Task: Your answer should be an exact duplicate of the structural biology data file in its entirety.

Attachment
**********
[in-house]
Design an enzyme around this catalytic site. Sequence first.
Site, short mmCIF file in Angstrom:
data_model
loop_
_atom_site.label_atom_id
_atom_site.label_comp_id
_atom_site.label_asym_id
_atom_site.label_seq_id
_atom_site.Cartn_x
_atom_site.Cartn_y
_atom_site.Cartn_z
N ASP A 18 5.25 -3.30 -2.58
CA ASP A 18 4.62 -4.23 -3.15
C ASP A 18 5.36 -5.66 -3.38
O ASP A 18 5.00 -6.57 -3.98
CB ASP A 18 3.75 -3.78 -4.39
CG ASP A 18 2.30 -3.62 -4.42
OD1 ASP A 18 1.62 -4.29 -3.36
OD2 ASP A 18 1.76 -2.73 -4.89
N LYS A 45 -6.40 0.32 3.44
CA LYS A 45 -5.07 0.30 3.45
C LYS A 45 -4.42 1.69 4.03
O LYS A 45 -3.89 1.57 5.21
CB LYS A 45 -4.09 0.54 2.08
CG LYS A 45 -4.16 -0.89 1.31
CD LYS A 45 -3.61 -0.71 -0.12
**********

[in-house]
Design an enzyme around this catalytic site. Sequence first.
Site, short mmCIF file in Angstrom:
data_model
loop_
_atom_site.label_atom_id
_atom_site.label_comp_id
_atom_site.label_asym_id
_atom_site.label_seq_id
_atom_site.Cartn_x
_atom_site.Cartn_y
_atom_site.Cartn_z
N ASP A 18 5.25 -3.30 -2.58
CA ASP A 18 4.62 -4.23 -3.15
C ASP A 18 5.36 -5.66 -3.38
O ASP A 18 5.00 -6.57 -3.98
CB ASP A 18 3.75 -3.78 -4.39
CG ASP A 18 2.30 -3.62 -4.42
OD1 ASP A 18 1.62 -4.29 -3.36
OD2 ASP A 18 1.76 -2.73 -4.89
N LYS A 45 -6.40 0.32 3.44
CA LYS A 45 -5.07 0.30 3.45
C LYS A 45 -4.42 1.69 4.03
O LYS A 45 -3.89 1.57 5.21
CB LYS A 45 -4.09 0.54 2.08
CG LYS A 45 -4.16 -0.89 1.31
CD LYS A 45 -3.61 -0.71 -0.12